Performance review July 2014 – Comment “Anchoring”
In July, the Benchmark (Eurostoxx50 (Perf.Ind) (25%), Eurostoxx small 200 (25), DAX (30%), MDAX (20%)) lost -4,5%. This is actually the biggest monthly loss since May 2012. The portfolio lost “only” -2,6%, an outperformance of +1,9% for the month. YTD, the score is +7,4% for the portfolio against -0,5% for the benchmark, a relative outperfomance of +7,9%..
Interestingly, especially the German part of the benchmark is struggling, with the MDAX down almost -6,5% for the year. My cautious stance towards German shares seems to have been justified so far.
The biggest looser in %terms in the portfolio were not surprisingly Sistema with -19,4% and Sberbank (-15,9%) followed by Trilogiq with -12,5%. Portugal Telecom would have been even worse with -39,7% but thankfully I sold that one early. Winners were few, among them Koc with +7,6%, TFF +4,7% and Gronlandsbanken +4,2%.
My Emerging Markets “Basket” has clearly added some volatility but on the other hand I think it was a good idea to diversify and only invest small amounts in risky stuff.
Current portfolio & Transaction
In July, I sold my small position in Portugal Telecom at a loss after the connection to Banco Espirito Santo became public. My relatively quick reaction saved me from much steeper losses. Sometimes it pays to react quickly.
Additionally I sold Vetropack as my investment case was clearly not fully valid anymore. The only new position was the Sky Deutschland “special situation”, which is a relatively low risk low upside investment. Finally I scaled down the Draeger position from 6,7% to 5% as the multiple against the pref shares increased to 6 times.
Cash at month end was around 12,4%, with a further 10% (Depfa LT2, MAN, SkyD) invested in special situations which I would consider close to cash. So the portfolio should be quite well prepared for any more significant corrections.
The current portfolio can be seen here.
During the month, I faced 2 situations where I was confronted with one of the most common but also most dangerous behavioural biases: Anchoring. On Stockopedia I found a pretty good description:
The concept of anchoring draws on the tendency to attach or “anchor” our thoughts to a reference point – even though it may have no logical relevance to the decision at hand.
The first situation this month was the case of Portugal Telecom (PTC). PTC announced quite surprisingly that they had extended almost 1 bn EUR to the now bankrupt Espirito Santo Group. When I had time to look at this, the stock dropped already significantly and I was already down -30% compared to my purchase price. For a short time I was tempted to speculate on a rebound as I hated to realize such a “loss”, especially as there were some positive news like potential collateral from ESF etc. But then I realized that I was “anchored” on my purchase price. Even at a loss, the risk/return relationship for the stock had worsened significantly. Instead of a speculation on a Brazilian merger, the situation had changed to a potentially corrupt management, unreliable financial statements and a speculation of Espirito Santo not going bankrupt. If the fundamentals of an investment change so much, being anchored on the purchase price is one of the worst things that can happen. It is much sfer to sell first and then sit back and think about if you would buy the stock again at the current price.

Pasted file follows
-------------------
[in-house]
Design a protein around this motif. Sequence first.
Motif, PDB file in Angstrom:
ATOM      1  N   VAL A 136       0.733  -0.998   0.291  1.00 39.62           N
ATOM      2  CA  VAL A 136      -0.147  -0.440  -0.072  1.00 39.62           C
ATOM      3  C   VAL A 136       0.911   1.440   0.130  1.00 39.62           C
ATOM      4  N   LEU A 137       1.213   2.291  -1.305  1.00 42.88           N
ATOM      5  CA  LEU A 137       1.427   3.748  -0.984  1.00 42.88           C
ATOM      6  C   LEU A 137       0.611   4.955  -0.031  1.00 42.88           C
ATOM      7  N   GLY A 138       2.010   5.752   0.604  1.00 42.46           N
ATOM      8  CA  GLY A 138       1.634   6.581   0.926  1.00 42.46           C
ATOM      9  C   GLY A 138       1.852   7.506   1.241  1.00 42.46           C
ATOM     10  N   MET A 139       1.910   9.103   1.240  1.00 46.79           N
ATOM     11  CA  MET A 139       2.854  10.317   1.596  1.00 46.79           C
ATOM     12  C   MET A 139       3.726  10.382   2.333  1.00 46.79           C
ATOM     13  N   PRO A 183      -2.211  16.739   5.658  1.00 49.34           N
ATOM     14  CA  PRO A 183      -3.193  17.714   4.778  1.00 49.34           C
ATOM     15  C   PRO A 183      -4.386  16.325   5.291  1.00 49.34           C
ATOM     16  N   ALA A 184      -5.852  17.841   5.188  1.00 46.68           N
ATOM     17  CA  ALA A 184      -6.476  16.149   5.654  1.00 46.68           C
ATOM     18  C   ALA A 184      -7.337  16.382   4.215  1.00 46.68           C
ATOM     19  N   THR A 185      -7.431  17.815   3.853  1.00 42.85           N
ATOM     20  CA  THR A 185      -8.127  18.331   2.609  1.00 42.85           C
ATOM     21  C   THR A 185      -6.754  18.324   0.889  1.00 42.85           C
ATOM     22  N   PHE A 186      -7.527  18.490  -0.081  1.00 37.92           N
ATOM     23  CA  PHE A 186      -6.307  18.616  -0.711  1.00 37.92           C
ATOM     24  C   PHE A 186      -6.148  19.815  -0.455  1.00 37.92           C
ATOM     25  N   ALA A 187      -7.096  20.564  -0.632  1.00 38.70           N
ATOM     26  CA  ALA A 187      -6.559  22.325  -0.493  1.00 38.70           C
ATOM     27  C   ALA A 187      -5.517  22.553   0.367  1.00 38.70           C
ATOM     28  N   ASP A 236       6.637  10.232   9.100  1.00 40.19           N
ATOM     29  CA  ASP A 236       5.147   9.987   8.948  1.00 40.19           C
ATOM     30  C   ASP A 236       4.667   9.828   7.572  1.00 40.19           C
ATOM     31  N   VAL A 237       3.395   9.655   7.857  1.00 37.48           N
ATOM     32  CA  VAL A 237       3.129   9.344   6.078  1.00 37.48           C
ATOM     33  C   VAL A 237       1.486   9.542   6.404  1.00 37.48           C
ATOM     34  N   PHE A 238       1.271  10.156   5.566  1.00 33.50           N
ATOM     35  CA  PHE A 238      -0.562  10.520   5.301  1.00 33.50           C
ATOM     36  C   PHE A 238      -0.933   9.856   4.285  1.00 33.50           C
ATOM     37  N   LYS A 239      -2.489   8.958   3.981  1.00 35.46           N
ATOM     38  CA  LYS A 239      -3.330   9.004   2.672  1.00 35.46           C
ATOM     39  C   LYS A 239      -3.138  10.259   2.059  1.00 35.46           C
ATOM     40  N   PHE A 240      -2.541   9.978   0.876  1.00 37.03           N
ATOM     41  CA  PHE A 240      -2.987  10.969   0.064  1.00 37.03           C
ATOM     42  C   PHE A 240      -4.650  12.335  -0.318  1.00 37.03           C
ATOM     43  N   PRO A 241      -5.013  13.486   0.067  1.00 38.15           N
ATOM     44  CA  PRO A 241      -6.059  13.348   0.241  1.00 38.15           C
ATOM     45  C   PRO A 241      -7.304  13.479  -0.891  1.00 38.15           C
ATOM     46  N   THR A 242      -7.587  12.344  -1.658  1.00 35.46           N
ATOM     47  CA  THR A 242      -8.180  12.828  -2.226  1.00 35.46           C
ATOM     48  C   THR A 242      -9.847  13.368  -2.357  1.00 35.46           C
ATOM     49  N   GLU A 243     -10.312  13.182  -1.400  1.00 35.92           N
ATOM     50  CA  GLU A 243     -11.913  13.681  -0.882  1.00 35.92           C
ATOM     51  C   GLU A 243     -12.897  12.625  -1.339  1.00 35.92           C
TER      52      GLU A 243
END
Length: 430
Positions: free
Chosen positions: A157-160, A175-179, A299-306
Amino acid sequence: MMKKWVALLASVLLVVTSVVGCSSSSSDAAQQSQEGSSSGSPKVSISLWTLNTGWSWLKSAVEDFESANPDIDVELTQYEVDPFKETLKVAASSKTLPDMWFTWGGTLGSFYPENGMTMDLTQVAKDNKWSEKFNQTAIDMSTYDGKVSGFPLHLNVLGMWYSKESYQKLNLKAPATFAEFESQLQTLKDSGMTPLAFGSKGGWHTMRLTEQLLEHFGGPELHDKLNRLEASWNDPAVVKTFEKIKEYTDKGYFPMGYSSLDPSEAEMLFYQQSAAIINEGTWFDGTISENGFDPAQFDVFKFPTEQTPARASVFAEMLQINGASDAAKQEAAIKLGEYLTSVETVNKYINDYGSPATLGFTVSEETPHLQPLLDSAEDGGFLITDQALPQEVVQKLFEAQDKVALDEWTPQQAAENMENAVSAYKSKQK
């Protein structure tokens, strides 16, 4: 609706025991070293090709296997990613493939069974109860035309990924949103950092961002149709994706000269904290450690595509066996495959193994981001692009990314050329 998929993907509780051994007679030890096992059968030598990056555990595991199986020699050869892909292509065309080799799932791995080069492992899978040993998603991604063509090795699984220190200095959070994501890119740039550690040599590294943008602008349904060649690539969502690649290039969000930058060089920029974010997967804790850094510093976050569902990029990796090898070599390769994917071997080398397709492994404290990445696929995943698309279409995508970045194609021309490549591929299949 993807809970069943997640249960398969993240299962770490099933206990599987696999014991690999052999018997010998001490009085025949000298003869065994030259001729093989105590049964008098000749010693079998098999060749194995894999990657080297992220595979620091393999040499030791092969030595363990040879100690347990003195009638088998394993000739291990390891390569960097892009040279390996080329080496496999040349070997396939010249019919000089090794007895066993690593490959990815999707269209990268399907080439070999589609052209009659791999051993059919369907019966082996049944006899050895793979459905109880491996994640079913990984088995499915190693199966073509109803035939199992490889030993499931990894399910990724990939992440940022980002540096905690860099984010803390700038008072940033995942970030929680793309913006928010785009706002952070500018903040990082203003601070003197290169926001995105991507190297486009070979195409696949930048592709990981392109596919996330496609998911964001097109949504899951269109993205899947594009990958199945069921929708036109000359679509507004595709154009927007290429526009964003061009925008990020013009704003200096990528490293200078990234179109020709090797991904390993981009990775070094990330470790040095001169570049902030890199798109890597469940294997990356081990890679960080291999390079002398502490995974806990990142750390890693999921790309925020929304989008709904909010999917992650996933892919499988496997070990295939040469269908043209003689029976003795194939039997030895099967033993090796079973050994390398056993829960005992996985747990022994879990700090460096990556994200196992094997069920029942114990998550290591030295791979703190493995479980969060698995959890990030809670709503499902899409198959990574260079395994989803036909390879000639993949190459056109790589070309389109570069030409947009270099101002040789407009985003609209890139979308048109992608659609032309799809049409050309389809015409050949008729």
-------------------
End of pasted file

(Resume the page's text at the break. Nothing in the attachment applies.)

The second instance was Vetropack. Vetropack was one of my original investments. During the 3,5 year holding period, at one time the stock price had been almost 2000 CHF, a nice round numbers. Again, when I reviewed the business case and found some significant flaws compared to my own case, I was tempted to keep the position, speculating that it may reach 2000 CHF again and then sell at least at a small profit. But being anchored on previous higher prices is as bad as being anchored on the purchase price.
Those biases are also quite common in the business world. Selling a subsidiary at a loss, despite how bad and desperate the situation is, is very often an absolute “no go” for most senior managers. Only when the old managers are getting kicked out, the successors then finish the job because it was not “their” purchase price. For me, this is by the way a sign for good capital allocation if the management of a company sells a subsidiary at a loss or closes it down if they can’t turn around the business themselves as this is clearly not easy for any management. Much more often you see companies throwing good money after bad in those situations. The argument is often: “If we sell now, we lose everything we have invested before”. This “sunk cost” fallacy is extremely common and very hard to argue against.
So how can an investor protect against this anchoring ?
An easy solution would be just to forget purchase prices. In practice, this is not that easy as you usually see your purchase price in each and every broker statement.
What works best for me is also very simple: Writing down the original investment thesis and comparing the positions on a regular basis against this thesis. If something has changed significantly to the worse, then sell independent of the purchase price or previous highs. If nothing has changed and the case is still valid, then hold.